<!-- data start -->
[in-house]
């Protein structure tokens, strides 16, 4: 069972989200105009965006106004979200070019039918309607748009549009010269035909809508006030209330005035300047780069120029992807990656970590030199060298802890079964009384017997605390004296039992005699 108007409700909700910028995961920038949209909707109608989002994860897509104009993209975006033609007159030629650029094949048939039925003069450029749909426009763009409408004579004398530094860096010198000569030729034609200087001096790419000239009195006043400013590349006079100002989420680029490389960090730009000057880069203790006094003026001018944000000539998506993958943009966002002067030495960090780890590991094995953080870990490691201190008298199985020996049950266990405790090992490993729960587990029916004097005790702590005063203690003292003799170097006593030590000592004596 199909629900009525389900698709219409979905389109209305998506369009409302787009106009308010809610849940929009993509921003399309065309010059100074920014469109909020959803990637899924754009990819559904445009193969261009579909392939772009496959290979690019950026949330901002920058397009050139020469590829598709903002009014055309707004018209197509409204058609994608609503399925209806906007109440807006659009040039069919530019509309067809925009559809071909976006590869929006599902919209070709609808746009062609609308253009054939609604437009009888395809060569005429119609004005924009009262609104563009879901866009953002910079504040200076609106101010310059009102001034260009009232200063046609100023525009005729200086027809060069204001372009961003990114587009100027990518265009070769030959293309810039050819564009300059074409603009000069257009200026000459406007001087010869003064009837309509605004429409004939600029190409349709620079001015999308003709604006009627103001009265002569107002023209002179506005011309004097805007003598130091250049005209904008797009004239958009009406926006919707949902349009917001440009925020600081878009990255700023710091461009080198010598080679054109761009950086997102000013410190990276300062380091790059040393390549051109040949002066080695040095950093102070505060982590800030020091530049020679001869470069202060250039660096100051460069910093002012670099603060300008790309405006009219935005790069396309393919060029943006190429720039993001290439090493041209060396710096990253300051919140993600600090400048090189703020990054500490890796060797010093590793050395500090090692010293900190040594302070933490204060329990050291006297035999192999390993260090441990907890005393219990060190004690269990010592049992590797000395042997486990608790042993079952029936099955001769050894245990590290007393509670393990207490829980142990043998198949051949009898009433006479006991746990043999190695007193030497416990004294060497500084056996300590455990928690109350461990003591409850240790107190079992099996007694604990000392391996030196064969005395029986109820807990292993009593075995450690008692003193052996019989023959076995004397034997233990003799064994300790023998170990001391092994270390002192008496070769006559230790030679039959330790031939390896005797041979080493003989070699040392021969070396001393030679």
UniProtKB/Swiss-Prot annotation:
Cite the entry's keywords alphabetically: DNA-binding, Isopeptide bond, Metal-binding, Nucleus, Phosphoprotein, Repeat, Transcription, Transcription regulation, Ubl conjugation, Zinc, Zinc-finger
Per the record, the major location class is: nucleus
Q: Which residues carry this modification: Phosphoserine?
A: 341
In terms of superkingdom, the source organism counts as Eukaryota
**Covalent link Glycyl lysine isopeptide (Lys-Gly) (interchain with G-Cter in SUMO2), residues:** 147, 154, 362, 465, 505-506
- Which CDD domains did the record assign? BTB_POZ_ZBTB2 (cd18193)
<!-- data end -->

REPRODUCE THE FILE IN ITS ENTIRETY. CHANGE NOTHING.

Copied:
[in-house]
């Protein structure tokens, strides 16, 4: 069972989200105009965006106004979200070019039918309607748009549009010269035909809508006030209330005035300047780069120029992807990656970590030199060298802890079964009384017997605390004296039992005699 108007409700909700910028995961920038949209909707109608989002994860897509104009993209975006033609007159030629650029094949048939039925003069450029749909426009763009409408004579004398530094860096010198000569030729034609200087001096790419000239009195006043400013590349006079100002989420680029490389960090730009000057880069203790006094003026001018944000000539998506993958943009966002002067030495960090780890590991094995953080870990490691201190008298199985020996049950266990405790090992490993729960587990029916004097005790702590005063203690003292003799170097006593030590000592004596 199909629900009525389900698709219409979905389109209305998506369009409302787009106009308010809610849940929009993509921003399309065309010059100074920014469109909020959803990637899924754009990819559904445009193969261009579909392939772009496959290979690019950026949330901002920058397009050139020469590829598709903002009014055309707004018209197509409204058609994608609503399925209806906007109440807006659009040039069919530019509309067809925009559809071909976006590869929006599902919209070709609808746009062609609308253009054939609604437009009888395809060569005429119609004005924009009262609104563009879901866009953002910079504040200076609106101010310059009102001034260009009232200063046609100023525009005729200086027809060069204001372009961003990114587009100027990518265009070769030959293309810039050819564009300059074409603009000069257009200026000459406007001087010869003064009837309509605004429409004939600029190409349709620079001015999308003709604006009627103001009265002569107002023209002179506005011309004097805007003598130091250049005209904008797009004239958009009406926006919707949902349009917001440009925020600081878009990255700023710091461009080198010598080679054109761009950086997102000013410190990276300062380091790059040393390549051109040949002066080695040095950093102070505060982590800030020091530049020679001869470069202060250039660096100051460069910093002012670099603060300008790309405006009219935005790069396309393919060029943006190429720039993001290439090493041209060396710096990253300051919140993600600090400048090189703020990054500490890796060797010093590793050395500090090692010293900190040594302070933490204060329990050291006297035999192999390993260090441990907890005393219990060190004690269990010592049992590797000395042997486990608790042993079952029936099955001769050894245990590290007393509670393990207490829980142990043998198949051949009898009433006479006991746990043999190695007193030497416990004294060497500084056996300590455990928690109350461990003591409850240790107190079992099996007694604990000392391996030196064969005395029986109820807990292993009593075995450690008692003193052996019989023959076995004397034997233990003799064994300790023998170990001391092994270390002192008496070769006559230790030679039959330790031939390896005797041979080493003989070699040392021969070396001393030679």
UniProtKB/Swiss-Prot annotation:
Cite the entry's keywords alphabetically: DNA-binding, Isopeptide bond, Metal-binding, Nucleus, Phosphoprotein, Repeat, Transcription, Transcription regulation, Ubl conjugation, Zinc, Zinc-finger
Per the record, the major location class is: nucleus
Q: Which residues carry this modification: Phosphoserine?
A: 341
In terms of superkingdom, the source organism counts as Eukaryota
**Covalent link Glycyl lysine isopeptide (Lys-Gly) (interchain with G-Cter in SUMO2), residues:** 147, 154, 362, 465, 505-506
- Which CDD domains did the record assign? BTB_POZ_ZBTB2 (cd18193)